Exploring the intersection of sports and criminal justice reform Maya Moore, Michael Rubin discuss how athletes are effecting change

WASHINGTON — The time for national criminal justice reform is now and the opportunity for athletes to effect that change has never been greater.

That was the primary takeaway from a discussion Tuesday centered on criminal justice reform and sports, held in Washington, D.C. The conversation, hosted by The Undefeated and The Marshall Project, featured WNBA superstar Maya Moore, Philadelphia 76ers co-owner Michael Rubin and The Undefeated columnist Clinton Yates.

During a two-hour discussion, the group covered an array of topics ranging from prosecutorial misconduct to the impact of athlete platforms.

Rubin was propelled into criminal justice reform after being present in the courtroom where his close friend, rapper Meek Mill, was sentenced to two to four years in prison when a judge ruled he had violated his probation. Rubin said the moment changed his life.

“I watched a probation officer recommend a reduced sentence. I watched a district attorney recommend a reduced sentence. Then I watched a judge send him to jail for two to four years for not committing a crime. I was shook to my core,” Rubin said.

In January, Rubin and Mill launched the Reform Alliance along with New England Patriots owner Robert Kraft, Brooklyn Nets co-owner Clara Wu Tsai and rapper/entrepreneur Jay-Z. The initiative was started with a mission to overhaul the probation and parole system. The group has a goal of freeing at least 1 million people caught up in the system within the next five years.

During the discussion, Rubin said he believes that Mill would still be in prison today if it weren’t for so many athletes who were front and center pushing for his release. He is channeling that approach for the Reform Alliance, which will aim to leverage the likeness and following of athletes and celebrities to tell the “crazy” stories of everyday citizens.“What we’re going to do with the Reform Alliance is we’re going to have big celebrities, athletes and influencers tell everyday stories,” Rubin said. “We’re trying to find the person you’ve never heard of, find a crazy story and then have people tell the story on social media.”

Philadelphia 76ers co-owner Michael G. Rubin sits on a panel discussing the intersection of criminal justice and sports on Sept. 17 at The Google Space in Washington D.C. Rubin was propelled into criminal justice reform after his close friend, rapper Meek Mill, was sentenced to two to four years in prison when a judge ruled he had violated his probation.

Jeff DiNicola

Rubin’s Alliance Reform partner Jay-Z made waves last month when he signed a multiyear partnership with the NFL to produce its Super Bowl halftime show and amplify the league’s social justice initiatives. Rubin strongly defended Jay-Z’s motives for partnering with the NFL, which have been criticized by some as monetizing a movement largely propelled by Colin Kaepernick’s protests.

“This is a guy who does not care about money, he cares about doing right,” Rubin said about Jay-Z. “The reason he got involved with the NFL is because he felt from the inside he could make a real difference. Anybody who is questioning Jay-Z, they don’t know what he’s about.”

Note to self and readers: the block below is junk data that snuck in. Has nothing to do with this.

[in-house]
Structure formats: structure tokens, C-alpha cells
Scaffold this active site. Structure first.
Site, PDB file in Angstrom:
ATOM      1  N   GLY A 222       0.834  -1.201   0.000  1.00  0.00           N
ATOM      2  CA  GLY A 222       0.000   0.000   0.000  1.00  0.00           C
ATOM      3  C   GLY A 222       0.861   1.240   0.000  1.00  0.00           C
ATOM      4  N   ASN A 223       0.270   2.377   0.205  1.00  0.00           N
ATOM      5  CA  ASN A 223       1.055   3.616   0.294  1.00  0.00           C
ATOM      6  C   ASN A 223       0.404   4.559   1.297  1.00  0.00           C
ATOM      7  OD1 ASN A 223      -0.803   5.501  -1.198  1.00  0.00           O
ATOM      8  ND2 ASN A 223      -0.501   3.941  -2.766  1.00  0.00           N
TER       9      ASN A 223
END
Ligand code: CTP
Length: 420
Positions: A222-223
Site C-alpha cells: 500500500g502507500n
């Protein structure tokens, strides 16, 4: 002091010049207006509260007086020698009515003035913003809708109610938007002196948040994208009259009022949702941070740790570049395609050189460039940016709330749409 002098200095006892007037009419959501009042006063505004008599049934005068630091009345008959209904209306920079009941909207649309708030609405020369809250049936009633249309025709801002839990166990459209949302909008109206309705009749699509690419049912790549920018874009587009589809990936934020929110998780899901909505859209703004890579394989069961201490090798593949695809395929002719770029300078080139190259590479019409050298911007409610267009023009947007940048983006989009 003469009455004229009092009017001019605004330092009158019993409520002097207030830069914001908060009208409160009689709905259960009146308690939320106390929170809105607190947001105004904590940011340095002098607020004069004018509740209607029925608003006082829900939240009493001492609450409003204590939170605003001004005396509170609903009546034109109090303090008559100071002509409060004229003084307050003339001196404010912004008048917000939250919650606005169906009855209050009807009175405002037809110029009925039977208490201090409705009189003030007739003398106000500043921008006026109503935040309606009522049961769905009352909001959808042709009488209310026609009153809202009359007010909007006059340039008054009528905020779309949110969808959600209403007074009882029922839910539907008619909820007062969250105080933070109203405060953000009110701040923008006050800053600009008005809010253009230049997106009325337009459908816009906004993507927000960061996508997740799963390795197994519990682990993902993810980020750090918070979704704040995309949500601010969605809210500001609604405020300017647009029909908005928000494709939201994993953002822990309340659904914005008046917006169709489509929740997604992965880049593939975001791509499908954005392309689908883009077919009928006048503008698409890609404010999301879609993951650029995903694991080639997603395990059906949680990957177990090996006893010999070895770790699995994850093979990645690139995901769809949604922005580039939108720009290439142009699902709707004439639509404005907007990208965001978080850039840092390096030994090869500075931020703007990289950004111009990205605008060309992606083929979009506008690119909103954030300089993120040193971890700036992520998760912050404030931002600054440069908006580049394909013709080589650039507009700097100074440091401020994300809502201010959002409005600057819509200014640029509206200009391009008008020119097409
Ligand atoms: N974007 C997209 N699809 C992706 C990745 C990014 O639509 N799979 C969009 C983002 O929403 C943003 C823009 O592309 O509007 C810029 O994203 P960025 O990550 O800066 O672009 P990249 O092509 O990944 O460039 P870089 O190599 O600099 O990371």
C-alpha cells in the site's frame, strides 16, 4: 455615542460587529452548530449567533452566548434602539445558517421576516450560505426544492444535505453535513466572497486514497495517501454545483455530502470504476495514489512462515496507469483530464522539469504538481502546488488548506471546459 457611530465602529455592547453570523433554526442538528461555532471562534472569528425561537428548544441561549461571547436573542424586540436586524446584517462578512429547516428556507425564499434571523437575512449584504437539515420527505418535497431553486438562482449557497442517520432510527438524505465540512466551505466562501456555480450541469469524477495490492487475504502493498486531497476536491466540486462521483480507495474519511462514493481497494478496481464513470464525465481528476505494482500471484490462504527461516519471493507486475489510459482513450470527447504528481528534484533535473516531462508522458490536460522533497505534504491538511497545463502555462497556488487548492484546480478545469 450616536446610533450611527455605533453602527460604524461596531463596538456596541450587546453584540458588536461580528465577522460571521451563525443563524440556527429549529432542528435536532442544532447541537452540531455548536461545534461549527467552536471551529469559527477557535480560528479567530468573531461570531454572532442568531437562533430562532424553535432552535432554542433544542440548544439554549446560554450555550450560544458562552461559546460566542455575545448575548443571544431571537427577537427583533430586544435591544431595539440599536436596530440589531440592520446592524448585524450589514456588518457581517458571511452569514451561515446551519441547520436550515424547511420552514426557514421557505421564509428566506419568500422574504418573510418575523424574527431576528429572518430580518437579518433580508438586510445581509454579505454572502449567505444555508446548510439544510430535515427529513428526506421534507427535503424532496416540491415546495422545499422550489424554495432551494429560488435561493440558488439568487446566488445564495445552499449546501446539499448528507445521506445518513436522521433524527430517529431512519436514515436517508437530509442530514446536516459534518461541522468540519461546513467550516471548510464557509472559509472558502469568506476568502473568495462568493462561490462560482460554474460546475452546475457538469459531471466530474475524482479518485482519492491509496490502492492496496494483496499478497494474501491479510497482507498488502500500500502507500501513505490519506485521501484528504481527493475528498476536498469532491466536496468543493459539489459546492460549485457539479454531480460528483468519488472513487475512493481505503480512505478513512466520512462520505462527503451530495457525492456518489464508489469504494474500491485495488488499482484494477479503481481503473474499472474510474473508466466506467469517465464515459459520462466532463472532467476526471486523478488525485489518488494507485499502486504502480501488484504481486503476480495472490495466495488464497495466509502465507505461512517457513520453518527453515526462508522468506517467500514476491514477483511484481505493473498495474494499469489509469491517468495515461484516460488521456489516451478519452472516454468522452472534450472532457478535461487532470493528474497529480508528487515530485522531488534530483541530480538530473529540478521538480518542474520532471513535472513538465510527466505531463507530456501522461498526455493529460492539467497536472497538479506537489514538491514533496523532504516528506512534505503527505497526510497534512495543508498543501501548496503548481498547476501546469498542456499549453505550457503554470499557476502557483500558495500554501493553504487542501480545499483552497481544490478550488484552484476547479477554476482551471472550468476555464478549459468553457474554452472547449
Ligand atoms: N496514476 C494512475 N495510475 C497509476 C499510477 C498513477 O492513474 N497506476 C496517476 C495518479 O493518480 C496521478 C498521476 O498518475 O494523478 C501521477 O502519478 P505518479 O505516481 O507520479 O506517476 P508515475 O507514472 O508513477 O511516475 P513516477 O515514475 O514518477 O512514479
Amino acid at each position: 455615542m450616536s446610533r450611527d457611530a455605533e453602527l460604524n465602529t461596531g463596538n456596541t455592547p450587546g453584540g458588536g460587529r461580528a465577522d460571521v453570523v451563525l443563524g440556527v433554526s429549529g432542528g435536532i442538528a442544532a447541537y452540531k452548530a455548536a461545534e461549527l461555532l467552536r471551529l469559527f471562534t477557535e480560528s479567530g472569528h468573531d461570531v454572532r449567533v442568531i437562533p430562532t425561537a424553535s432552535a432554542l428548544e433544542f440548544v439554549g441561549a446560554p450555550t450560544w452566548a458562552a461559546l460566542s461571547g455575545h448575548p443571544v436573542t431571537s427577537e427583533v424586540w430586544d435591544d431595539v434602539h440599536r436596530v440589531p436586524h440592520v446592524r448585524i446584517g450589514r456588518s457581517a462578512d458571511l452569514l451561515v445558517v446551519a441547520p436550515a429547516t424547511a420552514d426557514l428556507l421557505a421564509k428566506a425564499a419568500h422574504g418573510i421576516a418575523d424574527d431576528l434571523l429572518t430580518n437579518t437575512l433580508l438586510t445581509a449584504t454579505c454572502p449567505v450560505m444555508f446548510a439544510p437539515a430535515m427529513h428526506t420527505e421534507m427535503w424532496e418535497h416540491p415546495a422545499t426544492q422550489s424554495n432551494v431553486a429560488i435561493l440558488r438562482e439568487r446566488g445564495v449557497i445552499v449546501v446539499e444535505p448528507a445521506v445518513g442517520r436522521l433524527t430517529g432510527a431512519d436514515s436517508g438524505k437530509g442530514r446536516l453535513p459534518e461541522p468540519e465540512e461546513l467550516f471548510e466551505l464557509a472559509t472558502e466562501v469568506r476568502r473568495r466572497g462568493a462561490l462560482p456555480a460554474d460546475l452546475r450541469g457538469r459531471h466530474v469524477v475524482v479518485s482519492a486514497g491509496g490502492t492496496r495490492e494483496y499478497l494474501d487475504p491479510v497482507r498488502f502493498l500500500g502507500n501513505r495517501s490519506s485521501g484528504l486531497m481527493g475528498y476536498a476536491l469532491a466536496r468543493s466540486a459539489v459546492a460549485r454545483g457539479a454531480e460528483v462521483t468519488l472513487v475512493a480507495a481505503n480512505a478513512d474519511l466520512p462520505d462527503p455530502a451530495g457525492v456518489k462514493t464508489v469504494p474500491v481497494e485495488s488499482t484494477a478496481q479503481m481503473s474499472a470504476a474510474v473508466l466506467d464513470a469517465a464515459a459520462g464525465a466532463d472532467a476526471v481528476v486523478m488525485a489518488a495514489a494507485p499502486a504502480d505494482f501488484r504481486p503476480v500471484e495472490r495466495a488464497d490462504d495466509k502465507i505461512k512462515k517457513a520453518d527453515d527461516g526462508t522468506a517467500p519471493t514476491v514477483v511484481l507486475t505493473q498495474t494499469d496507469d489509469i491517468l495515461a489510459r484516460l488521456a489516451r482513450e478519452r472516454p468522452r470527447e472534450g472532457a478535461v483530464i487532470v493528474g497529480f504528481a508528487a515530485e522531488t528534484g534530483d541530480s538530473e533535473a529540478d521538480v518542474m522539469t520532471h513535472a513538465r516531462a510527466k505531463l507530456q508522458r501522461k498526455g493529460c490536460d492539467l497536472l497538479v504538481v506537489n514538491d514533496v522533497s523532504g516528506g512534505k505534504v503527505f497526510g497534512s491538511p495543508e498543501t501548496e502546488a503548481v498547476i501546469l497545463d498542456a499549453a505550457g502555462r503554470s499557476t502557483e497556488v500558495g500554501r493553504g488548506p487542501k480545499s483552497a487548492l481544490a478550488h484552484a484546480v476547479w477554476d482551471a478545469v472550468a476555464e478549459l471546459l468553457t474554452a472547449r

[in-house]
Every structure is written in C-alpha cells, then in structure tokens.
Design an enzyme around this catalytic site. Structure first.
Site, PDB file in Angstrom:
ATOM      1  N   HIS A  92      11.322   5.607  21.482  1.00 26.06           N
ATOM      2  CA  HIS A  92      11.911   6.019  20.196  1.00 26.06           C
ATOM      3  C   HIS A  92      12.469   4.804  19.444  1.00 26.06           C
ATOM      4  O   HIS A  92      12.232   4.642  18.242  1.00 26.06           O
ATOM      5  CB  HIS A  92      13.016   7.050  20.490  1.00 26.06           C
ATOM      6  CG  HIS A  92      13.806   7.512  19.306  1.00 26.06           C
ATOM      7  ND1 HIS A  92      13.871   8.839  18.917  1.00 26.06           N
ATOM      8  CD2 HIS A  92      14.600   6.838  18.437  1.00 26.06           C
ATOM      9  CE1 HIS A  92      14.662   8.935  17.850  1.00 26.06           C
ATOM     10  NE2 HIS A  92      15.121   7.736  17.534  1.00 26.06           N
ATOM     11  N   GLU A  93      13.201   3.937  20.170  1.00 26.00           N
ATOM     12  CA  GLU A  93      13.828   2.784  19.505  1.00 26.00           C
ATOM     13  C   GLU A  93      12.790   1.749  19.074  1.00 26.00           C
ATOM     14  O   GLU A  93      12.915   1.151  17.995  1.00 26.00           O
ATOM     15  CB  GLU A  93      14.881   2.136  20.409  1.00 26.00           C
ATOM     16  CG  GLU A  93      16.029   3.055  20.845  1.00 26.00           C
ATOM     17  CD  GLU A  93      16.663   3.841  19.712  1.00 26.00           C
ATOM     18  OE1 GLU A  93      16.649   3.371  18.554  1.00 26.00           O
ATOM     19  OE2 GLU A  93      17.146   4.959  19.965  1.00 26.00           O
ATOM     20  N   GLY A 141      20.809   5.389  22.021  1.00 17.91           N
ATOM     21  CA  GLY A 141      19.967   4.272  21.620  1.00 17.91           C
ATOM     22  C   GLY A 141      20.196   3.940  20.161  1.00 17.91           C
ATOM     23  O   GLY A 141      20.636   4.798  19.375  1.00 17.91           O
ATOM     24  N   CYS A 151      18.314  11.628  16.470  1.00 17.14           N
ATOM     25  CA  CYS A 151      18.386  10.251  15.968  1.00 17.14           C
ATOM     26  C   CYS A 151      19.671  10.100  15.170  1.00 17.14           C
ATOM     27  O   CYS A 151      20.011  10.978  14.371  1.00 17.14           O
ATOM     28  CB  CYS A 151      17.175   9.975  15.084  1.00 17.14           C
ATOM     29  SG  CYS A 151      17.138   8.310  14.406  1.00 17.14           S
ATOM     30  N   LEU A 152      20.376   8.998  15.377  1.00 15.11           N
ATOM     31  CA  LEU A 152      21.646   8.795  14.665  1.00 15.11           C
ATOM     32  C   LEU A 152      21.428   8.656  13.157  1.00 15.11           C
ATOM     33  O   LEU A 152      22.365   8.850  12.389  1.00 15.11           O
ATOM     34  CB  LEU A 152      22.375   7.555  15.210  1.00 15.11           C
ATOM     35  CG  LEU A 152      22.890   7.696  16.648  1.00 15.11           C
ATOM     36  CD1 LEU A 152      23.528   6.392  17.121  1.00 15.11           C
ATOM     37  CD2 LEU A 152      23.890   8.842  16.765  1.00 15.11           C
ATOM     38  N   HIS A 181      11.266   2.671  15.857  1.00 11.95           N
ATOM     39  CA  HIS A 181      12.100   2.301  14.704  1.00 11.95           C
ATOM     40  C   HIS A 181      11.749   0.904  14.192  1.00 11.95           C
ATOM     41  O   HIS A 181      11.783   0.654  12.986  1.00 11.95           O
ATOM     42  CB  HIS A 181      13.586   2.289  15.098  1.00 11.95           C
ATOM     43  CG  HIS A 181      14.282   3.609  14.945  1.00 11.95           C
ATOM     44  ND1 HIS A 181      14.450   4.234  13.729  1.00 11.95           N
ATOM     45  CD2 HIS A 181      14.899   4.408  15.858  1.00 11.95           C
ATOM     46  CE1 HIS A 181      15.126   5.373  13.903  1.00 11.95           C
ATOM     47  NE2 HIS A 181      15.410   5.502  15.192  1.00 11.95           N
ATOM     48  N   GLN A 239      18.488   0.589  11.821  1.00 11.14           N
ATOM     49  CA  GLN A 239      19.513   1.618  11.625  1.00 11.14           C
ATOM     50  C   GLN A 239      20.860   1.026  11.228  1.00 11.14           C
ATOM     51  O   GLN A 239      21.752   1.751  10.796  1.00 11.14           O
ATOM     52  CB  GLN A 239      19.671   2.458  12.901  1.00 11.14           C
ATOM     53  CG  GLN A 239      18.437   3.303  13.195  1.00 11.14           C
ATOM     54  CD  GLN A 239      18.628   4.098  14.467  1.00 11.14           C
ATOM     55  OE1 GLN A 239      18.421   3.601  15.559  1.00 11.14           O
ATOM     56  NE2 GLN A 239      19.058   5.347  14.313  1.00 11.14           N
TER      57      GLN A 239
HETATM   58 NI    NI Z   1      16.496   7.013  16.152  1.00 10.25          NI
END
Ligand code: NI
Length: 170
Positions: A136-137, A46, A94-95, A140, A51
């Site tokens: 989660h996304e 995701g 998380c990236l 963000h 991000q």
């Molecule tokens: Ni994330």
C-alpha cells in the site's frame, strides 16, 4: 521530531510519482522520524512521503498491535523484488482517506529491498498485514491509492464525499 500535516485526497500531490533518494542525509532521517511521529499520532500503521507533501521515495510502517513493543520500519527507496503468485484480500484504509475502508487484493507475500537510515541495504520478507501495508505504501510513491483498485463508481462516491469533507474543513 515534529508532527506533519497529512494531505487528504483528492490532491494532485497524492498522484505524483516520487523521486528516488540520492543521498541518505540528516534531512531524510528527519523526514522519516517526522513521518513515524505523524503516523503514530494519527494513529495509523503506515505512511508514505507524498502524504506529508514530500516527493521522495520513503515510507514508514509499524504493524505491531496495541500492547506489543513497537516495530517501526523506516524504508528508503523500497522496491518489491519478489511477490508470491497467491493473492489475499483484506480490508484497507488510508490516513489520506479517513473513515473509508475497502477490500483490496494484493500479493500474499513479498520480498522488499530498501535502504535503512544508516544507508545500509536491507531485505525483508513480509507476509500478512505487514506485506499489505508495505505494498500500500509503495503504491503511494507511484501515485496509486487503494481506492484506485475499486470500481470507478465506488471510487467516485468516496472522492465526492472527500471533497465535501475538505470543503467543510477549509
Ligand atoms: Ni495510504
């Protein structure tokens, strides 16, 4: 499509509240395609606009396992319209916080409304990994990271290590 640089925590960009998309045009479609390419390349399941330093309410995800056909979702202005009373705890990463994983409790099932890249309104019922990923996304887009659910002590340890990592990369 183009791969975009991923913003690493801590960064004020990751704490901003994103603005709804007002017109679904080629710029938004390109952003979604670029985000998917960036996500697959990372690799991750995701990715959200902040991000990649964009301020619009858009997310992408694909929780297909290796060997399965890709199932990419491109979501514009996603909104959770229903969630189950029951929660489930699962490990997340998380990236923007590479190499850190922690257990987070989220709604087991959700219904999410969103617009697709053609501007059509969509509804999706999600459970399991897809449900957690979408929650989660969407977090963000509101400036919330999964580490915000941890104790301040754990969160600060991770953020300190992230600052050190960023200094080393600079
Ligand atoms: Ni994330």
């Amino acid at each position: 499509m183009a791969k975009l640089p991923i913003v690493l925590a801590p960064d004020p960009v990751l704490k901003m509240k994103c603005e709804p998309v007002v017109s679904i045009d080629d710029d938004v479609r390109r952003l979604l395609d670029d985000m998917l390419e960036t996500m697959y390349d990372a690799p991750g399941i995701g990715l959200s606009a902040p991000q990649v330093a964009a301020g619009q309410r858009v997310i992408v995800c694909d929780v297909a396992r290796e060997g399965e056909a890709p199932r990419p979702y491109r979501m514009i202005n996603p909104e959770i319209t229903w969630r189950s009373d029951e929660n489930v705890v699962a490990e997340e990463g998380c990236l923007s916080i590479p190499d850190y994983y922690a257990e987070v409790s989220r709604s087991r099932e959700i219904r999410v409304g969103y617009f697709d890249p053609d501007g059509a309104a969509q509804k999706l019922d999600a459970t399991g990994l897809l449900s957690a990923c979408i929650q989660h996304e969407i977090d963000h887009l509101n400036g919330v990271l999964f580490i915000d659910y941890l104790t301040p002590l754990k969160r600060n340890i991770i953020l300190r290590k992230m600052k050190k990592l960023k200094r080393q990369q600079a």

Moore, an example of an athlete attempting to use her platform to enact change in the criminal justice system, shook up basketball when she announced in February that she would sit out the WNBA season. Moore has only spoken publicly on a handful of occasions since her announcement, focusing her year away from basketball on her family and her ministry work. She’s also dedicated much of her time to the criminal case of Jonathan Irons, who has been incarcerated since 1997 after being found guilty of burglary and assault with a deadly weapon and given a 50-year sentence. Moore, who met Irons through her family when she was 18, believes Irons was wrongly convicted.

Moore said the deeper she got into Irons’ case, the more she learned about the infrastructure of the criminal justice system and how it operates, giving her added motivation to educate communities about the problems pertaining to social justice occurring in their neighborhoods.

“Through getting to know Jonathan and his story, the world of criminal justice reform, mass incarceration and racial equality have become so real to me. Part of what I want to do when I tell people about Jonathan’s story is not just look at this story but look at the stories in your community.”

Four-time WNBA champion Maya Moore speaks on a panel discussing the intersection of criminal justice and sports on Sept. 17 at The Google Space in Washington D.C. Moore shook up the basketball world when she announced in February that she would sit out the 2019 WNBA season.

Jeff DiNicola

When asked by a member of the audience to detail why she didn’t play in the WNBA this year, Moore said a large part of her decision was to ensure that she would be available to see Irons’ legal proceedings through. Irons’ evidentiary hearing to potentially reopen his case — which Moore plans to attend, according to a report by The Associated Press — is on Oct. 9 in Missouri. For context, the WNBA playoffs, which began last week, could run as late as Oct. 10.

“It’s extremely hard to be engaged in these issues and be at the top of your craft,” Moore said. “I couldn’t imagine what this year would look like for me if I was fully invested in my team and trying to bring Jonathan home and raise awareness for some of these causes.”